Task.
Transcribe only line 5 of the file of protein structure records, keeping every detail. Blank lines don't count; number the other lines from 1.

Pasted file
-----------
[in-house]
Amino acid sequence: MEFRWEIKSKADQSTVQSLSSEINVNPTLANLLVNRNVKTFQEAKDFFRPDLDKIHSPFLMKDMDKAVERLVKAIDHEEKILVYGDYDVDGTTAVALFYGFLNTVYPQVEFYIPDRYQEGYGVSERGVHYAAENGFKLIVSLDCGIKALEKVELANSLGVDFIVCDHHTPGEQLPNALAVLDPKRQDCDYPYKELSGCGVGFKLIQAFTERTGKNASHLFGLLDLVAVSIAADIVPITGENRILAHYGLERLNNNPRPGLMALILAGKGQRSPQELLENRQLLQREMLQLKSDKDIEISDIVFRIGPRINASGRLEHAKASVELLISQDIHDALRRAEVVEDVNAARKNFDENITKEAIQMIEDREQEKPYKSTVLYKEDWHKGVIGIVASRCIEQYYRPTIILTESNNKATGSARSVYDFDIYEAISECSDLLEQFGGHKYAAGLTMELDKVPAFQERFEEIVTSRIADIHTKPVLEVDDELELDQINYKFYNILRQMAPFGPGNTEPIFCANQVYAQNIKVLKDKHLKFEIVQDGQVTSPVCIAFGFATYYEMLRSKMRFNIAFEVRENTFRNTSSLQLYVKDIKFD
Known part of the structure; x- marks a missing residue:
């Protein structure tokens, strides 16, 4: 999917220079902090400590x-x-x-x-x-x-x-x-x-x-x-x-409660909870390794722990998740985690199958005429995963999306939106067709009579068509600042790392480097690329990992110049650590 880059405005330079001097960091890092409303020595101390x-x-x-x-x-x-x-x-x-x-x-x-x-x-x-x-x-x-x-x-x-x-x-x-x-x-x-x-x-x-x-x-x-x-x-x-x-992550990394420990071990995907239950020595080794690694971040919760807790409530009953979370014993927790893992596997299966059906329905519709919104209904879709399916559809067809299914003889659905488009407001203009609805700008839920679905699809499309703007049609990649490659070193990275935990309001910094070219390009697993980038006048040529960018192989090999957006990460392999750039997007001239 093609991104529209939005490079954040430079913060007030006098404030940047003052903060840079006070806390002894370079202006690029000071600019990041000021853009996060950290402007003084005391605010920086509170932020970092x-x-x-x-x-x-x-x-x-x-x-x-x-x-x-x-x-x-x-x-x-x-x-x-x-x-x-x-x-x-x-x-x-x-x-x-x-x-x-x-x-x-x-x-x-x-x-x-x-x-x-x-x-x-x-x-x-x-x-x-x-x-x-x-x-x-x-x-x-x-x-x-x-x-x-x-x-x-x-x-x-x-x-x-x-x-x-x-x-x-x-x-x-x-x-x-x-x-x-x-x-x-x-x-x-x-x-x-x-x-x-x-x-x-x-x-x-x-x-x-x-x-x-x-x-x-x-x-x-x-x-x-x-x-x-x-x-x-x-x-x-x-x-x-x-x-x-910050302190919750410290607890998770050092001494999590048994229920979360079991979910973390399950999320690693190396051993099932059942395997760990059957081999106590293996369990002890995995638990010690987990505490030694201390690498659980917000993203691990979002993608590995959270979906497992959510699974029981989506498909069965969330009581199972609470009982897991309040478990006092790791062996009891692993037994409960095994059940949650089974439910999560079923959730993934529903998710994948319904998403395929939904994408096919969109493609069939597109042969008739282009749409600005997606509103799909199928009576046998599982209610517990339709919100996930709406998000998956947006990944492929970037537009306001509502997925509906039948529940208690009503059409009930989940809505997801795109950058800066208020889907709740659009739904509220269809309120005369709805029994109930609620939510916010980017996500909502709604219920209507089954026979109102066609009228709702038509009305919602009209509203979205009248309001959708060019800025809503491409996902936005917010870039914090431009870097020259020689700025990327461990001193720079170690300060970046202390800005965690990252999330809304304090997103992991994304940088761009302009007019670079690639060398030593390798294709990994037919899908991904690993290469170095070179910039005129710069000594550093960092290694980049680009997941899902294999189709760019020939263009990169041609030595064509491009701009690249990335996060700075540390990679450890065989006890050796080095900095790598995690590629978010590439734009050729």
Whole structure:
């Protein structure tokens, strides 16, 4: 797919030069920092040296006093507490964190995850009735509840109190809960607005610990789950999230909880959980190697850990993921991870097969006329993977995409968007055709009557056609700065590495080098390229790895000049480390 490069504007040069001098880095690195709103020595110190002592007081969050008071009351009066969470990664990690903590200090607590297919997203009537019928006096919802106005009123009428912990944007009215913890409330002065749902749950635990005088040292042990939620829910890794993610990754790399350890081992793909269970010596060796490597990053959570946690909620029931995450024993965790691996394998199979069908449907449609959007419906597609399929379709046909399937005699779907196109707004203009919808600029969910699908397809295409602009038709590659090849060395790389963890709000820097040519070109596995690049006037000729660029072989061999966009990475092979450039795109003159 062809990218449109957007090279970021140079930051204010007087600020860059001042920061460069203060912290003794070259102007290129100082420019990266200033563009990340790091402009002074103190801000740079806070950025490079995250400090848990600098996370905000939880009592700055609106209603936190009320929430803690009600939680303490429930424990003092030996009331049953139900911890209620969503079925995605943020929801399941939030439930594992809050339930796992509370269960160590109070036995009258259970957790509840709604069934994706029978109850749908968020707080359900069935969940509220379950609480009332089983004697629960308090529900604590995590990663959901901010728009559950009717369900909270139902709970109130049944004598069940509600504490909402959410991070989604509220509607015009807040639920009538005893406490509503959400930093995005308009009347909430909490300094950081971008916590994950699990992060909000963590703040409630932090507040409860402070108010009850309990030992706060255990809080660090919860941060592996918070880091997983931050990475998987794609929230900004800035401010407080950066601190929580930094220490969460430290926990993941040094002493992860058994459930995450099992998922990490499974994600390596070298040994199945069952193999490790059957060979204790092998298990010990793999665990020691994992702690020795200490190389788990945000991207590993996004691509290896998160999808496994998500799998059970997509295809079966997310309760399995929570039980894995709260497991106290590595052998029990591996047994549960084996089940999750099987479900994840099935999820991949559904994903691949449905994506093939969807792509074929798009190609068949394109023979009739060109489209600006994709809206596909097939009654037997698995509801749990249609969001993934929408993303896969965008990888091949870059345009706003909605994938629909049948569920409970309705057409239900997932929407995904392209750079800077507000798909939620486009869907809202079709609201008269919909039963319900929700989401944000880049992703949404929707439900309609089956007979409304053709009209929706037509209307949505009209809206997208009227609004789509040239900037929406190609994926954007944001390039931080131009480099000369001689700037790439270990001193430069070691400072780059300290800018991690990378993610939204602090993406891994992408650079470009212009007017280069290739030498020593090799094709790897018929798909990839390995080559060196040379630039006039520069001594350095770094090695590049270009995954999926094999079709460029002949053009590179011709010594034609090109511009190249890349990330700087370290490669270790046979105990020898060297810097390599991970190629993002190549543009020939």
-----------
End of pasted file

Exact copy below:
Whole structure: